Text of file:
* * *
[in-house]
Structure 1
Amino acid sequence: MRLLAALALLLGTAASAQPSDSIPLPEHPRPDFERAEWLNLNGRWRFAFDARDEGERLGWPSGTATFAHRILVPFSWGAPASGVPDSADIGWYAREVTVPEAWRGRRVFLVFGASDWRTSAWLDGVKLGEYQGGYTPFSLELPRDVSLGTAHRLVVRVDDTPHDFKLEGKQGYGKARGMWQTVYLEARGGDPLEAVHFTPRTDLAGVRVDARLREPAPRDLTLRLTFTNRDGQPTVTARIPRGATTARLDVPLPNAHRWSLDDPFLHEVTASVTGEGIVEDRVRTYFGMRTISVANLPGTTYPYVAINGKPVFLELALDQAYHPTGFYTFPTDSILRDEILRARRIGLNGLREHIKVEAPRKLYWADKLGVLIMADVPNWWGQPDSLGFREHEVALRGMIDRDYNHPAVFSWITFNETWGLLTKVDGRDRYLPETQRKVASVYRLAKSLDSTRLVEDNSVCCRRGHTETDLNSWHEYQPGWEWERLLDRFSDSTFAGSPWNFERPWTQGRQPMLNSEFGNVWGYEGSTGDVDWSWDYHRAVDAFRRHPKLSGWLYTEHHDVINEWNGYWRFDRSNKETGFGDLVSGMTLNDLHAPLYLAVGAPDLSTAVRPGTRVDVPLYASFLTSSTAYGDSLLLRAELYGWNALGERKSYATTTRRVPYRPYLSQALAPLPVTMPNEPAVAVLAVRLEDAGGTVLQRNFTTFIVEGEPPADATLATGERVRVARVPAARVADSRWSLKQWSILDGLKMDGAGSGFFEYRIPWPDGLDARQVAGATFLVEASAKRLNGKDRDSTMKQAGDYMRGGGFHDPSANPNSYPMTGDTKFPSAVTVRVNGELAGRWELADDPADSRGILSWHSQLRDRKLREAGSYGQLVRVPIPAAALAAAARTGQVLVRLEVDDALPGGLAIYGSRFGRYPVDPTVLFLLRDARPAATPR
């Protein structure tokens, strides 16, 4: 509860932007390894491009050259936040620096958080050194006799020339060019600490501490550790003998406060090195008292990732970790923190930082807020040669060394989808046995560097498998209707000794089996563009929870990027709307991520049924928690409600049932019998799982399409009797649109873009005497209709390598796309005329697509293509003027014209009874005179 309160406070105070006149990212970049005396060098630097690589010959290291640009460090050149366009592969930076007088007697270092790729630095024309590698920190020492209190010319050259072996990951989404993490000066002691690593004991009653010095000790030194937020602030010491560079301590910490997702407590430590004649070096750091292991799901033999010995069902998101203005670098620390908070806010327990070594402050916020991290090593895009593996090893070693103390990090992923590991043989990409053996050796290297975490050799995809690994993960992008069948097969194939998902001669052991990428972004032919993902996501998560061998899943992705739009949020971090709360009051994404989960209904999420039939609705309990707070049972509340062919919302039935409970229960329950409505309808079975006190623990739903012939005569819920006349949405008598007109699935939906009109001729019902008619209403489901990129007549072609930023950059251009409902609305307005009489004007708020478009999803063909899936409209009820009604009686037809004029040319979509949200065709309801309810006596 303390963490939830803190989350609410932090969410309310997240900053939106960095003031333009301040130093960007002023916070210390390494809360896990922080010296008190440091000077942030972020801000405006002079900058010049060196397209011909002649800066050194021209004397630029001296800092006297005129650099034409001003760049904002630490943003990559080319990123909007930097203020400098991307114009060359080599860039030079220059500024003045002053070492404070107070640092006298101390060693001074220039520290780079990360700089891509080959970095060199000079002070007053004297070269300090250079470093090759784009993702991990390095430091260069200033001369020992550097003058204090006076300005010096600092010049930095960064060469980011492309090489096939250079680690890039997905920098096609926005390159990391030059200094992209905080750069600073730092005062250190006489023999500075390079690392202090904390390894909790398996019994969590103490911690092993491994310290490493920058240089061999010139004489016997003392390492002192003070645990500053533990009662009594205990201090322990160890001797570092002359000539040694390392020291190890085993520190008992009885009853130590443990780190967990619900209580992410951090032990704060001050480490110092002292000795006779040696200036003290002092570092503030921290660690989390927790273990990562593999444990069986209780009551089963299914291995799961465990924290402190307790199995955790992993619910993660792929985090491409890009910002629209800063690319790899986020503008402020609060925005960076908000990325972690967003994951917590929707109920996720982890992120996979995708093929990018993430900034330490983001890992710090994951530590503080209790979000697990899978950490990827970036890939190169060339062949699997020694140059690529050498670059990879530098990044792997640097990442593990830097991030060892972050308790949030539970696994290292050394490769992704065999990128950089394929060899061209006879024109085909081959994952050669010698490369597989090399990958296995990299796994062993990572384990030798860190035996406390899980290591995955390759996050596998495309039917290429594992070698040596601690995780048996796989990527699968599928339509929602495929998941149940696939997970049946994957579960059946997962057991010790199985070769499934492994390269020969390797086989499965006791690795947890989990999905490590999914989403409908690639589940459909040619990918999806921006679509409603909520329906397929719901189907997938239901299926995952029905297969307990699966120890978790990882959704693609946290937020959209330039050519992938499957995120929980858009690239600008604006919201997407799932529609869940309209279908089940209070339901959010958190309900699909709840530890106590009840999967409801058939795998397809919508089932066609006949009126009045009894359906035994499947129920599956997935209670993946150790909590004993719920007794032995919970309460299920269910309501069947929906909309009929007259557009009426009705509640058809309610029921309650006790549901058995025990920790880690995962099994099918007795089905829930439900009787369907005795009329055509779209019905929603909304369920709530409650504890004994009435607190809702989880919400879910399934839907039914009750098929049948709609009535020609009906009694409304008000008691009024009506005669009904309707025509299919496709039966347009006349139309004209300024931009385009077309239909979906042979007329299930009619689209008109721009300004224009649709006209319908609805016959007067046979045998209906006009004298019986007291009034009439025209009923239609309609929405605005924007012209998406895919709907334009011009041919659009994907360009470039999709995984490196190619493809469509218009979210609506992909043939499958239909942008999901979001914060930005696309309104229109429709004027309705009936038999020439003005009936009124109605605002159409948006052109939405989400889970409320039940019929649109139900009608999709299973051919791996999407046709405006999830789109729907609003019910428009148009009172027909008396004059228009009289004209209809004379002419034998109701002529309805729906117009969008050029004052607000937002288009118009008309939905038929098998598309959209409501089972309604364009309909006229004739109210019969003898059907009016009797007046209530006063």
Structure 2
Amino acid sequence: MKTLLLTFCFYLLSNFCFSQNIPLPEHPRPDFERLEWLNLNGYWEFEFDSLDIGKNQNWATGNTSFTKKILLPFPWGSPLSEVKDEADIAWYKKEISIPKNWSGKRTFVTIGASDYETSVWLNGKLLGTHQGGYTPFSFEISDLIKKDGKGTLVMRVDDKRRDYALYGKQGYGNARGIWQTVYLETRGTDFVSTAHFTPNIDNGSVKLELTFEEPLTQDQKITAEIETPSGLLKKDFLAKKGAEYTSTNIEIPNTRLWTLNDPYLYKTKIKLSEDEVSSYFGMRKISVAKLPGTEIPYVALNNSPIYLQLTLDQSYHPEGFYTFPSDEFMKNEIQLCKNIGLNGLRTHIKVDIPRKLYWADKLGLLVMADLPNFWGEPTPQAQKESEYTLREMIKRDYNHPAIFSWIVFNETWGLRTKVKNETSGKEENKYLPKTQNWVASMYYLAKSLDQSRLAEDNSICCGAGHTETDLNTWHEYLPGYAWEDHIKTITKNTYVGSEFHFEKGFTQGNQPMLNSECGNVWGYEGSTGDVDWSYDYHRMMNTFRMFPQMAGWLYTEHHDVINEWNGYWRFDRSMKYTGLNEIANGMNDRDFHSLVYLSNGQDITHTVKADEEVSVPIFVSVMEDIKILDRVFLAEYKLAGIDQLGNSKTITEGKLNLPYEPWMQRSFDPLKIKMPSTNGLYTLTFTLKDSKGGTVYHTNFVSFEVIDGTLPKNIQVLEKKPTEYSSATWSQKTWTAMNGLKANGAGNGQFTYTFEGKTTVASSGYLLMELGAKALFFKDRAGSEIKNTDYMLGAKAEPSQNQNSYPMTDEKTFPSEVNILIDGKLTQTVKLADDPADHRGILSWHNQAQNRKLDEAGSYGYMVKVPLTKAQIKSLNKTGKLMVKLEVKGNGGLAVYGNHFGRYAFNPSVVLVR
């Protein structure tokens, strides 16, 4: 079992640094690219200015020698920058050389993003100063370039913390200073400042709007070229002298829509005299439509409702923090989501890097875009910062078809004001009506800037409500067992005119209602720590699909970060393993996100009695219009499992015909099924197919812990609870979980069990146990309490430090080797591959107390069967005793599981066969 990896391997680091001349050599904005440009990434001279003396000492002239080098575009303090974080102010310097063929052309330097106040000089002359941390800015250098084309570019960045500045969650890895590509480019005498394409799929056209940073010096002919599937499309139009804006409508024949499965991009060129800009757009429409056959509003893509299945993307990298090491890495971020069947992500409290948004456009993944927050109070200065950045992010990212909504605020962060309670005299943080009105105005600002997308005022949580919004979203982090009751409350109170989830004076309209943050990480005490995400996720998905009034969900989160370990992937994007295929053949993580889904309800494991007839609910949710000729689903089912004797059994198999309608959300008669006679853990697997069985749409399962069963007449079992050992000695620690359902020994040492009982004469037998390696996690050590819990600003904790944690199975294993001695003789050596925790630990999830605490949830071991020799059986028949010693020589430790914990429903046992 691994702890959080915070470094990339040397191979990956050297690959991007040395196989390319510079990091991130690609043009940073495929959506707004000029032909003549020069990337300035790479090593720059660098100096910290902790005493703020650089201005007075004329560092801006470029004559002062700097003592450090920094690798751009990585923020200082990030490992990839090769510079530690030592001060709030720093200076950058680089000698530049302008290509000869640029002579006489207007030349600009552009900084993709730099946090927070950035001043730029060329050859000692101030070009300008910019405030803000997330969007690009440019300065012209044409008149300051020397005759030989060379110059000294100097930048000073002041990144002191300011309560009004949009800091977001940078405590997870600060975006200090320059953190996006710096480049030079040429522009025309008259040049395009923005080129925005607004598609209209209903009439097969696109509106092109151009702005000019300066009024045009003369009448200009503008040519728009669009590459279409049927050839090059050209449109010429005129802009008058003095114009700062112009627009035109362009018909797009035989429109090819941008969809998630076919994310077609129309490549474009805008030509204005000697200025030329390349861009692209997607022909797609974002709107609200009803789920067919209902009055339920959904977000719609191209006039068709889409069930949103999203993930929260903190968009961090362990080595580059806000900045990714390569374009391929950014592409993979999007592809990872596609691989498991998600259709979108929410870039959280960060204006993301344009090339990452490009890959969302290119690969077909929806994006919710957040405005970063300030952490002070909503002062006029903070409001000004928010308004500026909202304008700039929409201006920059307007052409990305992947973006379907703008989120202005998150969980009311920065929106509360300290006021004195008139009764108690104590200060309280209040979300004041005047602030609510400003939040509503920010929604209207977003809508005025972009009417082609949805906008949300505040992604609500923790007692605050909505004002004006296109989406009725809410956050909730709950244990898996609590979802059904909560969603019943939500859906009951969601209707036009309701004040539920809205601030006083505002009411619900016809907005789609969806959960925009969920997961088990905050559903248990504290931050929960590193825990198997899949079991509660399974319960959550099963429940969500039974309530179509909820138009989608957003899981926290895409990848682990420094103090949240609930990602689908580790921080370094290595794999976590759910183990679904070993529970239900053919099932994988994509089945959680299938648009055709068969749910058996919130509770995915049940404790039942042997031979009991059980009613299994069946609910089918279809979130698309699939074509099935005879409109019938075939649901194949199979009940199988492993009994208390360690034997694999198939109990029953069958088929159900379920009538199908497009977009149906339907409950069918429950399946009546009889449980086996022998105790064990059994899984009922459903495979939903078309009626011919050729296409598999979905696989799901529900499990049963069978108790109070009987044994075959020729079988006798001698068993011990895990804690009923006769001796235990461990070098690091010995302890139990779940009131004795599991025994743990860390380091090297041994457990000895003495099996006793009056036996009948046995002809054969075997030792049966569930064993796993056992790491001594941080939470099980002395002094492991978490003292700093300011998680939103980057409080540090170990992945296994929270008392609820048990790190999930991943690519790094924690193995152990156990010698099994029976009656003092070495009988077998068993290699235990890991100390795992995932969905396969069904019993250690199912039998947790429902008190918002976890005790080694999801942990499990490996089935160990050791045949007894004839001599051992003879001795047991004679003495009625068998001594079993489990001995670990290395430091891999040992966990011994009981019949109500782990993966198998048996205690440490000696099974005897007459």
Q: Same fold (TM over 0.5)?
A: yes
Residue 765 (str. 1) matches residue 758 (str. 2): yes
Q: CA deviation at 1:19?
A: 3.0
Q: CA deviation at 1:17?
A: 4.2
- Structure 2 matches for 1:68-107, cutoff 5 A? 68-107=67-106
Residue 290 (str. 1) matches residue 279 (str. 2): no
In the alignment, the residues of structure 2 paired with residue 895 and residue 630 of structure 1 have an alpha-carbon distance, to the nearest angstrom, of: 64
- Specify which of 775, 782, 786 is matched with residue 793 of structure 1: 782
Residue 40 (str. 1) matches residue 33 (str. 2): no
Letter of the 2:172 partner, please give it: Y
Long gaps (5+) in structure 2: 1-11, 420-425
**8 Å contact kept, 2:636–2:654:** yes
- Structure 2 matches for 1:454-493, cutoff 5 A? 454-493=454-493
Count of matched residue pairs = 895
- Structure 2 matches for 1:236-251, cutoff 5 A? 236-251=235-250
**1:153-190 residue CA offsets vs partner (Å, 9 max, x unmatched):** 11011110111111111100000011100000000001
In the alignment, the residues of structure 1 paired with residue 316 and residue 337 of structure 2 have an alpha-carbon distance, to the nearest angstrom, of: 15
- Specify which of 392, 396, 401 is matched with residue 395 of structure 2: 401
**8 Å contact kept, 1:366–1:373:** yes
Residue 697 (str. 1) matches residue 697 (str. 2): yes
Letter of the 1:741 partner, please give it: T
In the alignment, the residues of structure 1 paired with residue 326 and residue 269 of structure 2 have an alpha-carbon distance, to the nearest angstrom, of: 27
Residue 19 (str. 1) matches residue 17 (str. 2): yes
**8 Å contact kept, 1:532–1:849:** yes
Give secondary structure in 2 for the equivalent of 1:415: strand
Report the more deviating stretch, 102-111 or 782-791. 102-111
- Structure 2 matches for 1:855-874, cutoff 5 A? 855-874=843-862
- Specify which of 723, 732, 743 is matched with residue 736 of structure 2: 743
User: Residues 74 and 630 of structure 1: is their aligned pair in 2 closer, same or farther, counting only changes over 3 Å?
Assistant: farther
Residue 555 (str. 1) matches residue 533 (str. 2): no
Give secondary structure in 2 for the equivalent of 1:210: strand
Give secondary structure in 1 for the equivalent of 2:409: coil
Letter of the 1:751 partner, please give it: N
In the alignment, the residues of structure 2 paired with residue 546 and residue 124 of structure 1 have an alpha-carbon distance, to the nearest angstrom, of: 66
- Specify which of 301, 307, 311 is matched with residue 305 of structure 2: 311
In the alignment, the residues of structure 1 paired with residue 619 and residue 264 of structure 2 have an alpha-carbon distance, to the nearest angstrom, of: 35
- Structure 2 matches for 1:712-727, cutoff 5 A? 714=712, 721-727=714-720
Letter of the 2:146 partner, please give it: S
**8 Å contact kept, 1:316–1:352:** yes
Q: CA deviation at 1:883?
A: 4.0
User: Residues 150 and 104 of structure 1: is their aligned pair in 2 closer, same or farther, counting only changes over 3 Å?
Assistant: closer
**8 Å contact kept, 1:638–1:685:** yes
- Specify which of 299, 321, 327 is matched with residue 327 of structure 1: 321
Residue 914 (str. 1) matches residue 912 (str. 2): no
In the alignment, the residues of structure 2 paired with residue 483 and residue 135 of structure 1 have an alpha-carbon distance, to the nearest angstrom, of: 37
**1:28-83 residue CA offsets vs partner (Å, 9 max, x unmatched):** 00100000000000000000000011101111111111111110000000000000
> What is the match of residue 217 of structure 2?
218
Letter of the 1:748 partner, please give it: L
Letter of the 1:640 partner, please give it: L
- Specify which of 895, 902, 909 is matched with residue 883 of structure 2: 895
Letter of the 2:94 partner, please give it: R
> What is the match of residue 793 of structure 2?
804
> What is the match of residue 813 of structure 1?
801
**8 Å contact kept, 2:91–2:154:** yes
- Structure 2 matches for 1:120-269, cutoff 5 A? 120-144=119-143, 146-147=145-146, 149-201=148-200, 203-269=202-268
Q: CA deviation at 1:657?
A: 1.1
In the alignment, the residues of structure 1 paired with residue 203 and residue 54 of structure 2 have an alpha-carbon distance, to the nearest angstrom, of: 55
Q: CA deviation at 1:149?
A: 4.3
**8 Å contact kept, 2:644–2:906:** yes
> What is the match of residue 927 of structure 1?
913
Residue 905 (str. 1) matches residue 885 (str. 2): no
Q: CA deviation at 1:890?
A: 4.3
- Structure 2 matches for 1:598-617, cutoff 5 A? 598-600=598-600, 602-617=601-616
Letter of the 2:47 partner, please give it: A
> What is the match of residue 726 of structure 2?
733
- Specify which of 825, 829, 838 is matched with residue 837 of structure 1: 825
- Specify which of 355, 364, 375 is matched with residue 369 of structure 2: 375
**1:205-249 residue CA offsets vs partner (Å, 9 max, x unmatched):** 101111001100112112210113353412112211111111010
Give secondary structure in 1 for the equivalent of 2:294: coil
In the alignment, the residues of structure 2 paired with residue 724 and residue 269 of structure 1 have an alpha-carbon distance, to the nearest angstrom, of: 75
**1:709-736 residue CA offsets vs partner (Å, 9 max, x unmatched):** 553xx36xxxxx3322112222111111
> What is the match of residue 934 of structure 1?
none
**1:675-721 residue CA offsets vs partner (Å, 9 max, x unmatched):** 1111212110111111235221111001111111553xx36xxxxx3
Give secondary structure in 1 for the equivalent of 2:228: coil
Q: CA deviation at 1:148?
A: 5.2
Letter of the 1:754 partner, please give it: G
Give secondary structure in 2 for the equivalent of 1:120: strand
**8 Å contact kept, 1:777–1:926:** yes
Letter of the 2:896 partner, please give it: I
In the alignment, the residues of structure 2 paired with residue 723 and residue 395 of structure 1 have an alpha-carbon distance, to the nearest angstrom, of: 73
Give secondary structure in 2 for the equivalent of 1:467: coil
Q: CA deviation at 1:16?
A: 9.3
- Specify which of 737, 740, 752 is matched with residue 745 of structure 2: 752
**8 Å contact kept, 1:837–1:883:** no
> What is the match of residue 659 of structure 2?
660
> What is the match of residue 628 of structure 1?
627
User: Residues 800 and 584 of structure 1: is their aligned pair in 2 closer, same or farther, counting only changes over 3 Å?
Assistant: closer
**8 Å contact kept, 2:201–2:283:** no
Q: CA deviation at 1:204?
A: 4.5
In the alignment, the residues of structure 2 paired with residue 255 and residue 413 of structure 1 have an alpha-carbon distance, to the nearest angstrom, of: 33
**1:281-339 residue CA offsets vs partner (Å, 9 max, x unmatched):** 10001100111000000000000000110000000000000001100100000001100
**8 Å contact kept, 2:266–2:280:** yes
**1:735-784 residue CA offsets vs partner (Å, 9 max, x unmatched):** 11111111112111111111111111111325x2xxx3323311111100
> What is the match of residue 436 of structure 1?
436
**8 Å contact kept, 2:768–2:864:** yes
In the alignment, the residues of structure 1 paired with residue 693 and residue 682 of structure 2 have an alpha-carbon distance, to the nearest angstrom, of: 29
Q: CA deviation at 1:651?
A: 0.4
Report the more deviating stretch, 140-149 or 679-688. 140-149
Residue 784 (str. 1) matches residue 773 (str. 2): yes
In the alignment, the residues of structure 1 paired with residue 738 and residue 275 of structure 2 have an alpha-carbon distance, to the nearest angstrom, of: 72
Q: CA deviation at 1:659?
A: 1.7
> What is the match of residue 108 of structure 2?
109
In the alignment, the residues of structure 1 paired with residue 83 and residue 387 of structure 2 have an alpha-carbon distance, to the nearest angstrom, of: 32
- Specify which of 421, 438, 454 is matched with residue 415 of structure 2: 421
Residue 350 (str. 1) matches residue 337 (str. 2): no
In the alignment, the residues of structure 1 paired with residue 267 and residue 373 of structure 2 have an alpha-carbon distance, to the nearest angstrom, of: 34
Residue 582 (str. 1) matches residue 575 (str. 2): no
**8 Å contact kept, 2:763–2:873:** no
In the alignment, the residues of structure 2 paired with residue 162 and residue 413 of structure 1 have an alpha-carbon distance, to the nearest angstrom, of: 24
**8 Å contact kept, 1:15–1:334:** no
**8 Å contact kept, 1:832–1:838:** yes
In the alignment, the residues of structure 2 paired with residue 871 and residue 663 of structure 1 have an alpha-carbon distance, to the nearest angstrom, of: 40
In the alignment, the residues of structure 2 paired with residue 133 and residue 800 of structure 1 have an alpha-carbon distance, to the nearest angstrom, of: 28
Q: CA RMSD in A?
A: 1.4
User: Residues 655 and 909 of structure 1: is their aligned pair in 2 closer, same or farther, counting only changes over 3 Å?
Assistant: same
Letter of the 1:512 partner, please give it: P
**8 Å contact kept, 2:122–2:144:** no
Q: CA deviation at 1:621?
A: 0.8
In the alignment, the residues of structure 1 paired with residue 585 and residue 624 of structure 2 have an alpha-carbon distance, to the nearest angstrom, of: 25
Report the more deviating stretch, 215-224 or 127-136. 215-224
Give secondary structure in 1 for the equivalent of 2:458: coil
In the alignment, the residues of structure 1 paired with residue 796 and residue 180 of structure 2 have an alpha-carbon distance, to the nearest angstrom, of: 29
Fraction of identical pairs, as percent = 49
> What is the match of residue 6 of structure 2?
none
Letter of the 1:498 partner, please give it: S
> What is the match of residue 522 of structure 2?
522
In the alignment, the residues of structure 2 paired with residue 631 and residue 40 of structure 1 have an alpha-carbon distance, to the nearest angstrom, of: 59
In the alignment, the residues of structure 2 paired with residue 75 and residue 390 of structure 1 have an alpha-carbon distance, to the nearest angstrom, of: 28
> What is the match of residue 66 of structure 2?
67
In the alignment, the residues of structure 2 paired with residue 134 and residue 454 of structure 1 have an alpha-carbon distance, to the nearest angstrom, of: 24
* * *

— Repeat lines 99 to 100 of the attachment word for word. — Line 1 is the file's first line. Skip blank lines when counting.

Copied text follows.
Letter of the 1:754 partner, please give it: G
Give secondary structure in 2 for the equivalent of 1:120: strand